Stories from my personal journey learning about and delivering Nature-rooted programs across three different countries
Empty space, drag to resize
Have you ever noticed that kids teach a lot?
You could say they teach themselves – like experimenting with ideas, objects, and the capabilities of their own bodies. For example, asking and finding answers to questions like “Will my idea work?” “What does this object do?” or “Can I climb that high?”
They also teach each other – like when one kid discovers something and shows it to another or they learn a new skill and then pass it on. For example, I recently watched one child help another who was struggling to climb a tree. The first child demonstrated then described what they had done to the second child, “When I climbed the tree, I put my foot here, then here, then pushed up from this branch.” The second child used the first child's advice and was able to climb the tree.
But what about us? Do kids teach us adults? When I stop to think about it, I realise that kids actually teach me things all the time - like facts they've learned from school, tv programmes, or books. They teach me new skills, like how to make things or play games (where do you think I learned how to make loom band bracelets? Or even play pokemon? Yes.. that's right, I admit it... I've played pokemon.)
I think it's easy to get ourselves wrapped up in thinking about how much kids DON'T KNOW that we neglect to appreciate how much they DO KNOW. When you consider how little time they've actually spent on this earth, the knowledge and skills they've already acquired so far can be seen as quite admirable. I also think their ability to absorb knowledge and then share it with others so quickly can be really amazing. When that knowledge is shared with me and I realise I've learned something new from them, I really start to appreciate that kids are definitely teachers too.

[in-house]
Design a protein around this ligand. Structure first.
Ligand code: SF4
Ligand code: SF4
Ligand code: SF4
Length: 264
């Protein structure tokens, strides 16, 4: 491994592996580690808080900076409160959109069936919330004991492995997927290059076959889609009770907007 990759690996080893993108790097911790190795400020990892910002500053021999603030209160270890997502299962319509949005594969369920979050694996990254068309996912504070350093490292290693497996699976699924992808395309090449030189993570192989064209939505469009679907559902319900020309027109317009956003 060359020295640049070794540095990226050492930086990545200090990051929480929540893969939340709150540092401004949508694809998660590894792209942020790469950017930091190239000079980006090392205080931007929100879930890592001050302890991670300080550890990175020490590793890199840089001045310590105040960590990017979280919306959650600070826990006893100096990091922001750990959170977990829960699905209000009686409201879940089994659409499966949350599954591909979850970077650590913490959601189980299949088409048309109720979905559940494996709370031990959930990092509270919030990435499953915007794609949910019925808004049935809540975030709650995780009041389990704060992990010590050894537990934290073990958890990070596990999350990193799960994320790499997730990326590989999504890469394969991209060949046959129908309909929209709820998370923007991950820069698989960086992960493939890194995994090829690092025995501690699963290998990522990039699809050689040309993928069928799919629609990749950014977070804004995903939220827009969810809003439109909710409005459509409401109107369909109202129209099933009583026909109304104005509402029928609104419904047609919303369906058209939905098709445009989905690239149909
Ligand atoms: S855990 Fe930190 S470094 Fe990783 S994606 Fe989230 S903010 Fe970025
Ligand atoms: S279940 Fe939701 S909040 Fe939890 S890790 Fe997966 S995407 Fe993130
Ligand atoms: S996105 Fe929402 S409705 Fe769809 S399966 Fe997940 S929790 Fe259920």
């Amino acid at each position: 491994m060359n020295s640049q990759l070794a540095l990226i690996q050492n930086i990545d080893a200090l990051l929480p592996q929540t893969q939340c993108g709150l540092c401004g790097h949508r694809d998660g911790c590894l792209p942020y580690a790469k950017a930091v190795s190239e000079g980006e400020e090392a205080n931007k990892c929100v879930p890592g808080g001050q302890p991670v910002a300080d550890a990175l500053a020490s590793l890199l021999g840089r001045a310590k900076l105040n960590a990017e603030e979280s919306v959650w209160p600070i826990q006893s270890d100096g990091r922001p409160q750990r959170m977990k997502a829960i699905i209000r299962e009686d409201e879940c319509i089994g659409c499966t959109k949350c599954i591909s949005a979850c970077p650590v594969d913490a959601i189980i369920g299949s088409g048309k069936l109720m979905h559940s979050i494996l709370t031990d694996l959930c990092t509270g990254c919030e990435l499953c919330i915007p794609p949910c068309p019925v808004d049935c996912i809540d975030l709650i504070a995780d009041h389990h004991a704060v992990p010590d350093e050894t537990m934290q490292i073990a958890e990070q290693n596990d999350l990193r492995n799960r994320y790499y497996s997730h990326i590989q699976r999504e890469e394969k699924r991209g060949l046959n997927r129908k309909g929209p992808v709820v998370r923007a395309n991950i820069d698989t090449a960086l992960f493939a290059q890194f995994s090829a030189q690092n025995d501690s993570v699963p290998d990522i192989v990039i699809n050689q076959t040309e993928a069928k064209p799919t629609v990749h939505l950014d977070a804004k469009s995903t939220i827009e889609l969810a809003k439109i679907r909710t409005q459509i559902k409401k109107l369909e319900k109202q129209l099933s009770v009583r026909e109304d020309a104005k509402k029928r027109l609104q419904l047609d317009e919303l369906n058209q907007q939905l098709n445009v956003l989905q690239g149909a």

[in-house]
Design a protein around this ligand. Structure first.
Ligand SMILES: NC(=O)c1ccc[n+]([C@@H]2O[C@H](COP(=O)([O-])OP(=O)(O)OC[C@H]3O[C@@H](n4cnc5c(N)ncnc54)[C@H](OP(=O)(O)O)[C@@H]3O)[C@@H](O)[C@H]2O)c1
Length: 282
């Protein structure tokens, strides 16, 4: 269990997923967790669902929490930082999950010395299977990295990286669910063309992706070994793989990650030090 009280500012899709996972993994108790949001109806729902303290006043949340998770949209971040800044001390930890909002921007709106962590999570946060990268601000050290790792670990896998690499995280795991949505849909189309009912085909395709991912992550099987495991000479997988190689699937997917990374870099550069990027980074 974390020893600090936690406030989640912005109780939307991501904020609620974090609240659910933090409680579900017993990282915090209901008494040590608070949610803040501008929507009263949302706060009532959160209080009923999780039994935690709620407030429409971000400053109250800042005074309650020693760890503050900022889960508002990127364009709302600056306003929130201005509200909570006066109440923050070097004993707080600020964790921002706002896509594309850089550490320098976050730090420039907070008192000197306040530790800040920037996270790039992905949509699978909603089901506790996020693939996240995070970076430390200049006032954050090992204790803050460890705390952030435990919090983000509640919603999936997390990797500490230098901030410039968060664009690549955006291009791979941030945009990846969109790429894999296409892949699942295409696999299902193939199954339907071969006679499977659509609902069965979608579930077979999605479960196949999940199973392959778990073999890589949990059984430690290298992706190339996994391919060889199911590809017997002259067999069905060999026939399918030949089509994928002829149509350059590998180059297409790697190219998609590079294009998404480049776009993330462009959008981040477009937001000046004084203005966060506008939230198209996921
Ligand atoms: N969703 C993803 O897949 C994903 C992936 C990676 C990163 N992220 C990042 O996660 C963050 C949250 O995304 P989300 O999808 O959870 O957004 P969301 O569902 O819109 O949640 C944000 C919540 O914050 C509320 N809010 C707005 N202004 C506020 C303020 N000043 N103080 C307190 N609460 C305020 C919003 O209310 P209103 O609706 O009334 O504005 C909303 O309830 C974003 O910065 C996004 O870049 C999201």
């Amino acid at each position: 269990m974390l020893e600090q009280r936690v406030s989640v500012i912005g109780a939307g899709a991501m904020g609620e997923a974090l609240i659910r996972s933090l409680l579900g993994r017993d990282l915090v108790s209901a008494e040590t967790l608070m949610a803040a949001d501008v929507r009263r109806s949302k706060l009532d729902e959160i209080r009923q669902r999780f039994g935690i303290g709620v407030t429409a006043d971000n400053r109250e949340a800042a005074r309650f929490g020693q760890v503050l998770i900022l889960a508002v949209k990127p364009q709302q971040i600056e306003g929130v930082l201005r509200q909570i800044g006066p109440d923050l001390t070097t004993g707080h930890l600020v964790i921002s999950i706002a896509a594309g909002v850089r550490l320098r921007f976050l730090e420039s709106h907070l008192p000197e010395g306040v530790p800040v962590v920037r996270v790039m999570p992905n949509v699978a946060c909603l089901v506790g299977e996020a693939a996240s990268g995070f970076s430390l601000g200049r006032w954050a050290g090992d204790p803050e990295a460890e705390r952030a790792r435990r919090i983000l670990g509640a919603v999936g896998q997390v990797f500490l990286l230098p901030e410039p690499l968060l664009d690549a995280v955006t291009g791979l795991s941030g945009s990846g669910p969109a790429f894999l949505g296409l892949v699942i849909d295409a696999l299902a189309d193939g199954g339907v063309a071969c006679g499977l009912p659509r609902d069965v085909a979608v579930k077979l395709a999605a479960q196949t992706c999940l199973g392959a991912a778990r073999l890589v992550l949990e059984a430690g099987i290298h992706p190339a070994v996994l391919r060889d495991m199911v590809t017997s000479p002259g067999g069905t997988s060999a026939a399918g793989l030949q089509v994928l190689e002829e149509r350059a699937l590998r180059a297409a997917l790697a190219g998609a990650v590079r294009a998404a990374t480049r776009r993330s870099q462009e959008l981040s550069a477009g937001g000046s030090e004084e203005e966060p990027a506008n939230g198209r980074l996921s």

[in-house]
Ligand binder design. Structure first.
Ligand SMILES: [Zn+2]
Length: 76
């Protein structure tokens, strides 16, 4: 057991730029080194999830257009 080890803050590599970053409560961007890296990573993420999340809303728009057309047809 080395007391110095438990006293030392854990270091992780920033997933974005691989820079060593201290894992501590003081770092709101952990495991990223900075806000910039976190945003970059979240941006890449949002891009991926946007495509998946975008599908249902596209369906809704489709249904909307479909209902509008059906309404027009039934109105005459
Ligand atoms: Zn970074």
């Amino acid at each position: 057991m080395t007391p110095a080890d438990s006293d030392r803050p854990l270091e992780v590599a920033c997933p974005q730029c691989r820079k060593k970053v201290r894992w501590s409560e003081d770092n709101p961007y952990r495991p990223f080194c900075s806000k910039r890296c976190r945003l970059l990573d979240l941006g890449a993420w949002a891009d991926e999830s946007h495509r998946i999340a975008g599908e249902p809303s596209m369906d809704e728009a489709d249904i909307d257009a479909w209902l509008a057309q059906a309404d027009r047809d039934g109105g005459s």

For example, the other day at Forest School I noticed an 8 year old boy making wooden knives out of a hazel pole. He'd learned the skill on a bushcraft camping trip he'd taken with his dad last summer. I'd seen knives like this before, but hadn't actually made one myself. I wanted to learn and I asked if he would show me. He took me through the steps one by one and demonstrated exactly how to make the knife. He answered my questions patiently and even lent me his own pocket knife for a while to make my own.
I managed to document his knife making lesson and made a short video to share it with you..
This lesson hadn't been planned; it was completely impromptu. For whatever reason, he had decided he wanted to make some knives that day. I'd noticed and wanted to learn too. I think this demonstrates really well how Forest School fosters a learning community in which we all recognise that we can learn from each other - even when it's adults learning from children. When we level the hierarchy and encourage kids to share their knowledge in an environment with the time and space for them to do so, we can really see just how good kids are at being teachers too...